The Good, The Bad and The Critic

Established on March 19th, 2012 and pioneered by film fanatic Michael J. Carlisle. The Good, The Bad and The Critic will analyze classic and contemporary films from all corners of the globe. This title references Sergei Leone's influential spaghetti western The Good, The Bad and the Ugly.

Tuesday, August 22, 2017

Review #997: The Monster Walks (1932)

Title: The Monster Walks 
Year: 1932
Director: Frank Strayer
Country: US
Language: English

The 1930's was a big decade for the horror genre in Hollywood. Universal Studios enjoyed many great financial and critical successes at the start of this decade, which included Dracula (1931), Frankenstein (1933), Island of Lost Souls (1932) and Bride of Frankenstein (1935) The advent of sound, and thus demise of the silent period, added an extra layer of creep whether it be music used to build suspense or signal the presence of a threat, or magnified footsteps echoing down a corridor.

A doctor (Rex Lease), who keeps an ape for medical studies, dies and his daughter (Vera Reynolds) inherits his estate. Her uncle (Sheldon), a paralytic, working through his natural son by the housekeeper, plans her death, and the ape may or may not be involved.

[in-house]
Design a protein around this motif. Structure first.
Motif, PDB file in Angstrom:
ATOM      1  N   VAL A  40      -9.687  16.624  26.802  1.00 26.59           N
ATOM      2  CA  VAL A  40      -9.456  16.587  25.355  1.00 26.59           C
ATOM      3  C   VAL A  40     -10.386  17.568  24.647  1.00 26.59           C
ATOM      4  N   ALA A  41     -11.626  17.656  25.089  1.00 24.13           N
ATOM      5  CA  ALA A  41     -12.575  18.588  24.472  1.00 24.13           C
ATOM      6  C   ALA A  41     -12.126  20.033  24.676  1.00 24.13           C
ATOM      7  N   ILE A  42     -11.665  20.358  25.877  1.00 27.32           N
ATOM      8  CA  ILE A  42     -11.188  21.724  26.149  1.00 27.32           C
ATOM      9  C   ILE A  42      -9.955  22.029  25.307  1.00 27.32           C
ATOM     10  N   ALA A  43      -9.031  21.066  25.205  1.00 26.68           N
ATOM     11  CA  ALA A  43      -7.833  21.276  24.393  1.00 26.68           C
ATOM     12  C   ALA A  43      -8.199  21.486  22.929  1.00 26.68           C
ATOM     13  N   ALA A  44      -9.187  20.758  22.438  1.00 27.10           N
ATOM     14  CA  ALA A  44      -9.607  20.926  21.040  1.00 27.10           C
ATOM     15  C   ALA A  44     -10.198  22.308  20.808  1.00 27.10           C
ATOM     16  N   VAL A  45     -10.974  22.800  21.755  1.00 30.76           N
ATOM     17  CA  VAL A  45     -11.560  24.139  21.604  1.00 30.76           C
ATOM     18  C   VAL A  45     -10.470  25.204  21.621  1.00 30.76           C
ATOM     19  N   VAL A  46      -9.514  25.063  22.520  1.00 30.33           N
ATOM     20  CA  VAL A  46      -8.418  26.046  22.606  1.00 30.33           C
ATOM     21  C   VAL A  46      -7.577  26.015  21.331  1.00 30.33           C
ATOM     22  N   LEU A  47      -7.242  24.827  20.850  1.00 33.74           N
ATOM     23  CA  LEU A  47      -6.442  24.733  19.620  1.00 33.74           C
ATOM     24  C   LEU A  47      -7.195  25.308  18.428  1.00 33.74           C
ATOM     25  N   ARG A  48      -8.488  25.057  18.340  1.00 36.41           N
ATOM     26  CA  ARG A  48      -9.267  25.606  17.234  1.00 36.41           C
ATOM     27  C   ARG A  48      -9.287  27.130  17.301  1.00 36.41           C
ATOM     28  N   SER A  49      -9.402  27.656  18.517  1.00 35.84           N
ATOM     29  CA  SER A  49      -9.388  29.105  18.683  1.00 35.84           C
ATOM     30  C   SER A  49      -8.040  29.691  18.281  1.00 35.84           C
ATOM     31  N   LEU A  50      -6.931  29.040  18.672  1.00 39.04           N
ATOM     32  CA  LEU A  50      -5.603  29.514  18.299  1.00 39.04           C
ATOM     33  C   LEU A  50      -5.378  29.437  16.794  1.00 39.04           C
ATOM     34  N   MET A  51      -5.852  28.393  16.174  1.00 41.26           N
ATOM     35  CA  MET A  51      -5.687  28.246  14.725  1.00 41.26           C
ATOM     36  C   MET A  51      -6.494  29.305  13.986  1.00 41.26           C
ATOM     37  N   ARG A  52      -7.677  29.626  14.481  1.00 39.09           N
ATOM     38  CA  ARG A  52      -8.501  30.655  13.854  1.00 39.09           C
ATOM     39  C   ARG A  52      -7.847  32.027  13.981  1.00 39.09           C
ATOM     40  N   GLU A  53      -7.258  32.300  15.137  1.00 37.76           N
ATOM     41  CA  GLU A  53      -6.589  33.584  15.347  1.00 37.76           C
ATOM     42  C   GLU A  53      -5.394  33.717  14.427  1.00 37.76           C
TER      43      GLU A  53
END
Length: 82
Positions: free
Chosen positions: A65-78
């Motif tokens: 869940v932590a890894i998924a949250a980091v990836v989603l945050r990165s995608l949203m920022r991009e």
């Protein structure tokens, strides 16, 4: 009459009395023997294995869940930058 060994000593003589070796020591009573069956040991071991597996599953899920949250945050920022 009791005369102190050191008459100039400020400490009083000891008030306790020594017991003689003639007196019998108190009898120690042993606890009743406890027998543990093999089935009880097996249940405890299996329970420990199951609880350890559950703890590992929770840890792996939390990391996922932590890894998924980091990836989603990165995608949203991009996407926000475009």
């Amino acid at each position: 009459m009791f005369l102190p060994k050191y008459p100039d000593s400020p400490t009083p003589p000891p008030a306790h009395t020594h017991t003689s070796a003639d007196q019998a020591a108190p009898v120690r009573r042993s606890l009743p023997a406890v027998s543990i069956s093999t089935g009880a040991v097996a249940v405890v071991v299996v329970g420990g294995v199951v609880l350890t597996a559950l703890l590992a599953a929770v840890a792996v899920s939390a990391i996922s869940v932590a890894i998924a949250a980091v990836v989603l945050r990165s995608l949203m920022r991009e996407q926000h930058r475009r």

The Monster Walks features a who's who (as in "who are these people?) of various B-movie actors. The female "star" of the film (Vera Reynolds) seemed to be big in Demille's silents, but could not make much of herself after the advent of sound. In general the performances are poor and unconvincing, although Willie Best does provide a laugh. Unfortunately the actor is outweighed by the enormity of racial stereotypes pressed on his character. 

Plot and visual elements are borrowed from Cat and the Canary (1927) but unfortunately that picture outmatches this in every aspect. In this picture the characters are poorly established and the mysterious "who dunnit?" aspect is fairly obvious at the beginning of the picture. Within the first 5 minutes an audience member will understand the "who", the "what", the "why" and the "where". Sloppy writing does nothing to improve the picture.